Indira Gandhi, as prime minister, followed in her father’s footsteps, frequently appointing governors who served their states less and Delhi more. In the 1960s, the West Bengal governor simply dismissed an Opposition government when the Congress couldn’t actually win an election.

This practice has continued well beyond even the decline of the Congress. Under Modi, governors have batted hard for the Bharatiya Janata Party. As long as the office of governor exists, prime ministers will use it in undemocratic ways.

As is now clear in hindsight, India’s constituent assembly erred in fashioning an institution of governor with significant powers who was nominated by the Union government. Such an institution already existed in the last decade of the British Raj as a new (and final) colonial constitution came into place called the Government of India Act, 1935.

This brought democratic government into the provinces but, as an attempt to maintain British power, also created the office of a governor that could check this government. The governor would be appointed by the Centre that, at the time, was completely controlled by the British.

As the Constituent Assembly started deliberations, it was aware of how undemocratic the post of governor was. In fact, almost all Indian parties across provinces had complained of interference by the governor in democratic governance. In view of this, an assembly committee before Independence had actually proposed that the governor be chosen by the states itself. However, as the Constitution shaped up, it retained almost all the centralising powers of the Government of India Act, 1935, including the office of the governor.

Incremental change

In an ideal scenario, India would do away with the office altogether or, at least, snap its link with Delhi. However, such drastic changes to the Constitution are rarely feasible. Instead, what is more probable is that ground politics would work slowly to hollow out the office. In fact, some of that has already happened. Summary dismissal of state governments is now not possible the way it was till the 1980s given the dawn of the age of coalition politics, with state parties having immense power. This political change was given a judicial stamp of approval by the a 1994 Supreme Court judgement that placed curbs on how much power a governor had to dismiss a government.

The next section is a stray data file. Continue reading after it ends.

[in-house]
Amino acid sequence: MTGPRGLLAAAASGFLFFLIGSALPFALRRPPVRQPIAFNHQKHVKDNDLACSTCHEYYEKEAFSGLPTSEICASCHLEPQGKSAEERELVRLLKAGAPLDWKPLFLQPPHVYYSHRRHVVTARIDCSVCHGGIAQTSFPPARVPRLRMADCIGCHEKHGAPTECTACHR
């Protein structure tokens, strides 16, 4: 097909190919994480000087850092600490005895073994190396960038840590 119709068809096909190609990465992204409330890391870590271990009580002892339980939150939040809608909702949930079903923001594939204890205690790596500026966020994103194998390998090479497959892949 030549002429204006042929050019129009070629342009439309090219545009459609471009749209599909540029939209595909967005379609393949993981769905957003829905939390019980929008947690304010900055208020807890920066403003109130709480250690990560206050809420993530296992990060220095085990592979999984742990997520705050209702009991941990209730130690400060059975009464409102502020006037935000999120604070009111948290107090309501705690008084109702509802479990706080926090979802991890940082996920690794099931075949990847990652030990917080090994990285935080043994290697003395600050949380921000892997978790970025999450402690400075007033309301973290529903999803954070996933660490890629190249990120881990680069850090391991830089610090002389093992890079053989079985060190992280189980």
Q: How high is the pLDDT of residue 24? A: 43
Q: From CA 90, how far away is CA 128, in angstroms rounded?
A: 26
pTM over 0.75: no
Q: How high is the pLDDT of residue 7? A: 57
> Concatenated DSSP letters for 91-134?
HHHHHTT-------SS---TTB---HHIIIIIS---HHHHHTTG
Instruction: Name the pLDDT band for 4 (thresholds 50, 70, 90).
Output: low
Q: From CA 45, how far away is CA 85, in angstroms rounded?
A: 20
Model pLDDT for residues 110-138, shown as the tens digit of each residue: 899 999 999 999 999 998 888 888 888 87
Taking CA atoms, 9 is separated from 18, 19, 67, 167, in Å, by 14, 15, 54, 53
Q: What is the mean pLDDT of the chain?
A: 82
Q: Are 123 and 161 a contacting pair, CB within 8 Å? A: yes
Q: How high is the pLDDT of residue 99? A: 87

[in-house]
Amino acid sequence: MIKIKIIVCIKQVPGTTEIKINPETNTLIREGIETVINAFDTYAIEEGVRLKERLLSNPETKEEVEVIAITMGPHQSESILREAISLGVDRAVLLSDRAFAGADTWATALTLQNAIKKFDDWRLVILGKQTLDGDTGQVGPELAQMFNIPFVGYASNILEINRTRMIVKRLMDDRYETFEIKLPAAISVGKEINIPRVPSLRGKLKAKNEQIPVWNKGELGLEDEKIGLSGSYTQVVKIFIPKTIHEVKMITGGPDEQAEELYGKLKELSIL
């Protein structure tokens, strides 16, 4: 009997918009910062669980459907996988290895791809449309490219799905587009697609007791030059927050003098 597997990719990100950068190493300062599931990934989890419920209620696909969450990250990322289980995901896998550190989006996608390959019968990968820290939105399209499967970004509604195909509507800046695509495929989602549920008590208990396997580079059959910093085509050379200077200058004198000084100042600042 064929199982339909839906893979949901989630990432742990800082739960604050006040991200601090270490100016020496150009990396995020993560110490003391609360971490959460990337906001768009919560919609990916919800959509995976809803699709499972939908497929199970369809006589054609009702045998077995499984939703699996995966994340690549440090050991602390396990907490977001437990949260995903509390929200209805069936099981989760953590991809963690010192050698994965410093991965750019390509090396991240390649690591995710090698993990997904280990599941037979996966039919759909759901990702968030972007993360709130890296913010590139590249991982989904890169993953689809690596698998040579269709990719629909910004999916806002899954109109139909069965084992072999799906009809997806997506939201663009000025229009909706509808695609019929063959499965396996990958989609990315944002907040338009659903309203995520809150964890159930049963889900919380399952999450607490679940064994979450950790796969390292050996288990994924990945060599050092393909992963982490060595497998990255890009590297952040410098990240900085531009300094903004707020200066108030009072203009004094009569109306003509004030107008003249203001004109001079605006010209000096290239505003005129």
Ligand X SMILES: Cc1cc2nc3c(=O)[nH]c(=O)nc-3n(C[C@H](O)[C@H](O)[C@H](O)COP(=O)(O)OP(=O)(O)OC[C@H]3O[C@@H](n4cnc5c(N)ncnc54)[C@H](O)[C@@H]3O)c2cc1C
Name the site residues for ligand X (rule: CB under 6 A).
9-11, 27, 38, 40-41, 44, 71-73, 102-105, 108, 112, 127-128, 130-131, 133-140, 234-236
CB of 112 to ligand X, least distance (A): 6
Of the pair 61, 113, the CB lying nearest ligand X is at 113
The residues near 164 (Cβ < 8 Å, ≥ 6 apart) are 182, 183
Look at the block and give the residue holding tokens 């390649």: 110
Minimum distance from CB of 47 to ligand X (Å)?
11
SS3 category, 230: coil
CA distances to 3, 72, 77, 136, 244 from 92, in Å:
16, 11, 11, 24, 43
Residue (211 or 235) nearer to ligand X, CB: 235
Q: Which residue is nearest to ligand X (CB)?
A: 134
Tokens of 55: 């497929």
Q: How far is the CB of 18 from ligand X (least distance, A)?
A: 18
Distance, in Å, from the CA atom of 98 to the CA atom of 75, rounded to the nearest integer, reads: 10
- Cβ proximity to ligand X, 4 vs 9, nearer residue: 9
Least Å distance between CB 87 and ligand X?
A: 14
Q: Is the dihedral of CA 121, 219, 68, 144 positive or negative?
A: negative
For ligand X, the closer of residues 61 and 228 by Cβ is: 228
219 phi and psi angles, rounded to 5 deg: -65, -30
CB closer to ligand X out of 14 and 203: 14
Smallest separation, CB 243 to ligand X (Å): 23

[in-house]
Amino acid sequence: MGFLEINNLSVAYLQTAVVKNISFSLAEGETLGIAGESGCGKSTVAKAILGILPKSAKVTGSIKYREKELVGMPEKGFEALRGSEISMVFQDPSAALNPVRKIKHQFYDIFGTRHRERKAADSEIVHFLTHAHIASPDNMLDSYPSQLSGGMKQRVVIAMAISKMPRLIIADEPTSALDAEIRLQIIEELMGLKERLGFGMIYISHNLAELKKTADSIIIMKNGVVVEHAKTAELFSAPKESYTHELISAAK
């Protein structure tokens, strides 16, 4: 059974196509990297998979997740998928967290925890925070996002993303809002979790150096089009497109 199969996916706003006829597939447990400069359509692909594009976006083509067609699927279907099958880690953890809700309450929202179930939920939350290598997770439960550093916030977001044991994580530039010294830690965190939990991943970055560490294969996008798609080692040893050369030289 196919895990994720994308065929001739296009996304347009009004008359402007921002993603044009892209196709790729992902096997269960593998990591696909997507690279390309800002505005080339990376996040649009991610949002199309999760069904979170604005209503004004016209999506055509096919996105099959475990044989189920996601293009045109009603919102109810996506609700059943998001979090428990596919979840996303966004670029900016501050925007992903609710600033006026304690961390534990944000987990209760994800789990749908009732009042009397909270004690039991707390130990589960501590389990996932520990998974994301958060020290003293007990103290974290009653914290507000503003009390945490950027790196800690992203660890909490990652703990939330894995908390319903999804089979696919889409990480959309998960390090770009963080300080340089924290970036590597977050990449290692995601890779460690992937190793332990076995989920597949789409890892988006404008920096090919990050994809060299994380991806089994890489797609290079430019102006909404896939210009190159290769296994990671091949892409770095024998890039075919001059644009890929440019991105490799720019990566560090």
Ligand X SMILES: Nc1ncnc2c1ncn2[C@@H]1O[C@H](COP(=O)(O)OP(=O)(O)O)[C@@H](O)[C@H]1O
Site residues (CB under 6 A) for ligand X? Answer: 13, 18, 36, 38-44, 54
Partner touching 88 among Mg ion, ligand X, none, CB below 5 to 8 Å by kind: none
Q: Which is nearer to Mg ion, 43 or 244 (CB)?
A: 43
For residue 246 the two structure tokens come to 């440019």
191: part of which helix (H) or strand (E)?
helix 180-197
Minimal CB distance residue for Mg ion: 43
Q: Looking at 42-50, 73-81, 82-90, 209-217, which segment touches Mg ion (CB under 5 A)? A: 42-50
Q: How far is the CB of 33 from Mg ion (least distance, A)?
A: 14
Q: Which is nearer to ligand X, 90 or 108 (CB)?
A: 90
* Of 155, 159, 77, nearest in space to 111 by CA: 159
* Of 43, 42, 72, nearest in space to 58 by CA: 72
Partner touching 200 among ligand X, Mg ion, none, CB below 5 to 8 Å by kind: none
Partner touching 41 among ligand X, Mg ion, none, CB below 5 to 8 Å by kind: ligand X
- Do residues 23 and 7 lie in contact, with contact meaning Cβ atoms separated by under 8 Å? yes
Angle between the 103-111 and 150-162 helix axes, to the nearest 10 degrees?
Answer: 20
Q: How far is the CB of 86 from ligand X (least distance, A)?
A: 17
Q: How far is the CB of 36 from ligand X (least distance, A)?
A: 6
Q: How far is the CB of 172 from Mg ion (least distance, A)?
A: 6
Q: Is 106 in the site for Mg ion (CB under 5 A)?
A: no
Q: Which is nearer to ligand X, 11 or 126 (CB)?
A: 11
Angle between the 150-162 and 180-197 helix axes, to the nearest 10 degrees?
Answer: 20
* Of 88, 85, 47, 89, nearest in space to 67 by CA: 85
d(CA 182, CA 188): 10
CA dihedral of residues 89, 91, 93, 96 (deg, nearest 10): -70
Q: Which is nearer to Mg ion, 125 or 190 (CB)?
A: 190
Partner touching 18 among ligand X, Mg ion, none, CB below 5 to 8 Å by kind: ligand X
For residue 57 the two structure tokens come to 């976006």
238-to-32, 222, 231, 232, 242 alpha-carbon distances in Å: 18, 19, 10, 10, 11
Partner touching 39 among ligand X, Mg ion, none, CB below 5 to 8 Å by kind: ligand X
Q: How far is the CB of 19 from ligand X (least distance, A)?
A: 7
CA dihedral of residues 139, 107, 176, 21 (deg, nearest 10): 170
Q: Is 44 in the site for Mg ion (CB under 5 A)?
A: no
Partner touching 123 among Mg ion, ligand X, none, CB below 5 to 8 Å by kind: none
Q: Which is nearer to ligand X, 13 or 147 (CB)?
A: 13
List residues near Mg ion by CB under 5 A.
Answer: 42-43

However, a return to the era of strong single-party rule in Delhi has led to some backtracking and governors are again – as the Maharashtra example shows – able to effectively dismiss Opposition governments and put in place a government consisting of the party ruling at the Centre.

However, India’s evolving political culture of federalism makes this a poor move in view of long-term power. In Karnataka, where the BJP has often used Central power to form state government, the BJP has clearly lost popularity. In states like Maharashtra, West Bengal, Telangana and Kerala, the BJP’s use of aggressive governors is largely backfiring, as it gives an easy handle for the Opposition to attack the BJP on state identity.

If this trend continues, Indian voters should increasingly look to punish parties that prompt governors to overrule their democratic mandate.